The first section of diary entries (according to Stern’s editing) ends in August 1862 when Ward becomes a soldier in the Union Army. Intriguingly, he seems to have got married and not even confided in his diary (despite the recording of many far more mundane matters). On 13 August he ends that day’s entry with ‘. . . I must go to bed with my wife.’ Until this entry, he has always written about his ‘girl’. And five days later, in his last entry of the section (as defined by Stern) he writes: ‘The day for setting out for the war is here. Five days of our honeymoon I have spent with my wife, but this morning I must leave her, perhaps for ever! - I must leave the sweetness of her company for the difficulties and fatigues of military camp. Terrible change! I am furious this morning because my father-in-law has discovered our marriage. I am afraid that he cannot keep it secret. I worked in his hay almost all the week. Saturday evening I had a letter from Hiram.’
Here are the earliest entries in Ward’s diary: some text from opposite the first entry, the first entry itself - from exactly 150 years ago today - and a few subsequent entries.
‘I have finally decided to write in French to practice it. I am just as struck with an idea which excites me. I am going to write a journal in French beginning with the fourth of July 1860, which was last Friday. I shall write at least as often as every Sunday, and every day as long as it is possible. What a good idea!’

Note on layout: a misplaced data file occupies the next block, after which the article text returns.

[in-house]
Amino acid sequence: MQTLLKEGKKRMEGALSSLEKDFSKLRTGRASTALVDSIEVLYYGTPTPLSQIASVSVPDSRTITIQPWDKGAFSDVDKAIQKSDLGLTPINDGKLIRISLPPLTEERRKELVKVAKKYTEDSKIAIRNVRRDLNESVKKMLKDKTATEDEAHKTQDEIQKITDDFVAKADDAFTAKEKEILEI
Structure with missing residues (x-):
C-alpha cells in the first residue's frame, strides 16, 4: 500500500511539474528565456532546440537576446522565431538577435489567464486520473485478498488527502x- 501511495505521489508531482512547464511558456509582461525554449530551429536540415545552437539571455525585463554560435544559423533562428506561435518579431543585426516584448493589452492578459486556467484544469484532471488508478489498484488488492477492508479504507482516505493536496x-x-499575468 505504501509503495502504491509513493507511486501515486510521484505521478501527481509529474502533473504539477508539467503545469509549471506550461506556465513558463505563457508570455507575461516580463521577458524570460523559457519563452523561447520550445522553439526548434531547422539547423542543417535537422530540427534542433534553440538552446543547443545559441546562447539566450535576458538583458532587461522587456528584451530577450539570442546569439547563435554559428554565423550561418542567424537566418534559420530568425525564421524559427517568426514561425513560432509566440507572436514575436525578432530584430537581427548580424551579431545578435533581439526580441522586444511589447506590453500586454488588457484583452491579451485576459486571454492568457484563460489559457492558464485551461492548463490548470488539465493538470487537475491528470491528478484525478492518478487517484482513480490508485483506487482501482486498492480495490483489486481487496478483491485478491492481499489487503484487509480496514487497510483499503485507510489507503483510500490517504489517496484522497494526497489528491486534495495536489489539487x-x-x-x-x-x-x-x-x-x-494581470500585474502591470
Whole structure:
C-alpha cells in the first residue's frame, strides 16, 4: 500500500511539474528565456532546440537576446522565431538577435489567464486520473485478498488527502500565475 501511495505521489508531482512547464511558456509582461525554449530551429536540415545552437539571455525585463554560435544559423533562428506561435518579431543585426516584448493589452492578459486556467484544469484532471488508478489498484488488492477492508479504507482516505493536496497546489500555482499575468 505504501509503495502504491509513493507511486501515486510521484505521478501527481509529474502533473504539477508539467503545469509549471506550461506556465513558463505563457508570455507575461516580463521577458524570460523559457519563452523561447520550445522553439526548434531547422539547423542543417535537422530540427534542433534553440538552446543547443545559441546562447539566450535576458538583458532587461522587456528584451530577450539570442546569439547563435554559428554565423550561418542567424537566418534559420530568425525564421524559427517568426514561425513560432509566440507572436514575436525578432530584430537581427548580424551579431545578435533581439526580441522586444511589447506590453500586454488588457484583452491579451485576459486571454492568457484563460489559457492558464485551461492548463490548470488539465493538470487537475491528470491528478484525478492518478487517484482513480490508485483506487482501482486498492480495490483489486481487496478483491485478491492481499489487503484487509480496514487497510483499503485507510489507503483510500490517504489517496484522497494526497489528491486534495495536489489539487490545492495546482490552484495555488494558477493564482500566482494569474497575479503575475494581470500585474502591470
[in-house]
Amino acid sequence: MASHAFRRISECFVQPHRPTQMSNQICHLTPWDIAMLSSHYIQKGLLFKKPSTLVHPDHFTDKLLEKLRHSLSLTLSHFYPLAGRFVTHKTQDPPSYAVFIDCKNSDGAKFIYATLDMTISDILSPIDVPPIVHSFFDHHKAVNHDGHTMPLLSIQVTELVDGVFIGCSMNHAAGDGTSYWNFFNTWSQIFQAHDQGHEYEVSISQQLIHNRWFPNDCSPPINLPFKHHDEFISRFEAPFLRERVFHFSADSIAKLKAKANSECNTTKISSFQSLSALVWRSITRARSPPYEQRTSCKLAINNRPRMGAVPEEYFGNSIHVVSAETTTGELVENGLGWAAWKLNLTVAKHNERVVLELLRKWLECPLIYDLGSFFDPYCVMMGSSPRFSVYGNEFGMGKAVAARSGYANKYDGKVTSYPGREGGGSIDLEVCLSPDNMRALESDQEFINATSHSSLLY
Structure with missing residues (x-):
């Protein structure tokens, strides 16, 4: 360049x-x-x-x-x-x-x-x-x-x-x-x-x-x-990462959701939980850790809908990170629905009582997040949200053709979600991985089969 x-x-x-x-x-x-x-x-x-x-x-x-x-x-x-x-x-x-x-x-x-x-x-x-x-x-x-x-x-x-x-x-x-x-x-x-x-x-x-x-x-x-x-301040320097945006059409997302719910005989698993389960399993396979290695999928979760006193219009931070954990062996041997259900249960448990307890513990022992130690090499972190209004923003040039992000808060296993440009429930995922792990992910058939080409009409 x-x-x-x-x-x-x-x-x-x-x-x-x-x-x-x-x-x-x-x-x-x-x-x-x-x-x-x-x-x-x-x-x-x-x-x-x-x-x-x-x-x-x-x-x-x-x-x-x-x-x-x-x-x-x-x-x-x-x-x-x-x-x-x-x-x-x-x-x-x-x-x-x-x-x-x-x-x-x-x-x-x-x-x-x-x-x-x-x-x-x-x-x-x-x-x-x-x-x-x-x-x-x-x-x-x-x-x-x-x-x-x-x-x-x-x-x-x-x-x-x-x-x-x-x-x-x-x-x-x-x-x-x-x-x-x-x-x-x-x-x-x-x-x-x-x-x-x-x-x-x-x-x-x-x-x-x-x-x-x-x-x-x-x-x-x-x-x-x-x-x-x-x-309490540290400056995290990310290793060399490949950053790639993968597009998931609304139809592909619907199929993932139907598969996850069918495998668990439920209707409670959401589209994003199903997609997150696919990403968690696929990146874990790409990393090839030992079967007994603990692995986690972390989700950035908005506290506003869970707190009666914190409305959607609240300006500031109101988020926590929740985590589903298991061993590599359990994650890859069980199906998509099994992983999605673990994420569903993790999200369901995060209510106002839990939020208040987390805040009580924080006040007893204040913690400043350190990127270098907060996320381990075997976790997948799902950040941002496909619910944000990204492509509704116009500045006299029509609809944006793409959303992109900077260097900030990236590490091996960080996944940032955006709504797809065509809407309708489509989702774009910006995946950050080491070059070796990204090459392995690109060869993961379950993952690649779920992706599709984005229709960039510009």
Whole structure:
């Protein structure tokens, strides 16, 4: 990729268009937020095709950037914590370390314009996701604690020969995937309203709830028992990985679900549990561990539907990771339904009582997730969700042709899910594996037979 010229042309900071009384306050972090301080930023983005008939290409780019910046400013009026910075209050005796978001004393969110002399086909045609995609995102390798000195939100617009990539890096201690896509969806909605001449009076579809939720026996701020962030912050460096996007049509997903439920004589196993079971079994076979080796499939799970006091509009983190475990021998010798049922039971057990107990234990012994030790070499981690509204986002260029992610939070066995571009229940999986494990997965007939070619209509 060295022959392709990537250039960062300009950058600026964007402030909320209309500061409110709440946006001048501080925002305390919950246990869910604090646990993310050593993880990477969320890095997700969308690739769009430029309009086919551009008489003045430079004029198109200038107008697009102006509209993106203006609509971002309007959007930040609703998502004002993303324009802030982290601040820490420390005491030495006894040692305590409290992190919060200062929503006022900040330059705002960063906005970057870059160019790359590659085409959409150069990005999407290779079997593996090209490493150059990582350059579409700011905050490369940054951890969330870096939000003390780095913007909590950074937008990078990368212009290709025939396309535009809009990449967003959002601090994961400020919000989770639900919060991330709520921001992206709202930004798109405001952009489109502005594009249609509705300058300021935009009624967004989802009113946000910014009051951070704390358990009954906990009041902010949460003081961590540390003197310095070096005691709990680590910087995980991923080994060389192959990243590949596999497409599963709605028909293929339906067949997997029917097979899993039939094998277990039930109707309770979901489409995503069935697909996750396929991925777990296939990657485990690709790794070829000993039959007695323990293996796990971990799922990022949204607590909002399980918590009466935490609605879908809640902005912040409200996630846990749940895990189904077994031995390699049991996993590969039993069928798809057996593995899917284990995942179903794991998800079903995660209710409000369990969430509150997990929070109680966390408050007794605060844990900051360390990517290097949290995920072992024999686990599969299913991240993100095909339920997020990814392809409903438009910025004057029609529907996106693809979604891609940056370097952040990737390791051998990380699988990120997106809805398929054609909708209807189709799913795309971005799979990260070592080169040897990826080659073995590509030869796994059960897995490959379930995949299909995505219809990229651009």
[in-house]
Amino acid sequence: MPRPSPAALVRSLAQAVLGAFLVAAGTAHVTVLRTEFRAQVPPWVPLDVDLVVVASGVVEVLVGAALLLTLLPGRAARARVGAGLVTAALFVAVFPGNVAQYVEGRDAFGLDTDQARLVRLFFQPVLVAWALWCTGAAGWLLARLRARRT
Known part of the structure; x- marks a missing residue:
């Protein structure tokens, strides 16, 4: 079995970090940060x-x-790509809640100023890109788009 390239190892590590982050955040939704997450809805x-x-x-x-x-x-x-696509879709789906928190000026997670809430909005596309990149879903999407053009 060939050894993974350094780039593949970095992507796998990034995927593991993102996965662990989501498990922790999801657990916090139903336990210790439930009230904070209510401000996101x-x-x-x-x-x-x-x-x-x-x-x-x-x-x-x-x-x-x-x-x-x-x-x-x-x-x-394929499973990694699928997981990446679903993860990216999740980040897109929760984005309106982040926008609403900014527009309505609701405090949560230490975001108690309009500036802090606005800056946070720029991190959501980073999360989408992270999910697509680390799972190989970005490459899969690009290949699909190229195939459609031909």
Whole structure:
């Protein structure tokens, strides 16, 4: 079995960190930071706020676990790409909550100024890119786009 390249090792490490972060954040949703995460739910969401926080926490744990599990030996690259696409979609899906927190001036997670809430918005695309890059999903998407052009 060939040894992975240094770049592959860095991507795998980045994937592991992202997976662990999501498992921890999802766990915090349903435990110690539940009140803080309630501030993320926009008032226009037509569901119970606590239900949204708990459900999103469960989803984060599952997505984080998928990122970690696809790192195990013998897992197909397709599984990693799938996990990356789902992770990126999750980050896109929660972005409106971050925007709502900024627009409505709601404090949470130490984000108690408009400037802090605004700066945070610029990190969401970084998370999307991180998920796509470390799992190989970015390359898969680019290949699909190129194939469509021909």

Sunday 8 July 1860
‘In undertaking a journal of events which concern me, I shall record a few of the most interesting things which have transpired since the fourth of this month. Without further ceremony, then, I commence.
The morning of the Fourth, so memorable to this powerful nation, found me in a state of profound lethargy resulting from much fatigue. I had intended to arise at a much earlier hour to shoot a pistol which I had prepared the night before, but it was so late when I got up that I was ashamed to shoot it. My spirit has been for almost two months the lowest it has ever been in my life, on account of the profound disappointment in the love which I had acquired for a girl, so pretty but so false. I sent her a letter that day, telling her that I wish only to see her once more and to receive only one more letter from her. I procured a half dollar from Mr Owen on the Fourth, with which I bought two strings for my violin, which I enjoy very much.’
Monday evening 9 July 1860
‘I cultivated the corn this morning for the first time this year. I was a little annoyed with the horse’s not keeping to the row.
In the afternoon I gathered and bound sheaves.
When night came I had a fine time playing on the violin while Baxter played the tambourine. My heart was very light regarding the girl whom I loved, and whom I no longer esteem.
But everyone has gone to bed, and I must wash my feet before going myself.’
Wednesday noon 11 July 1860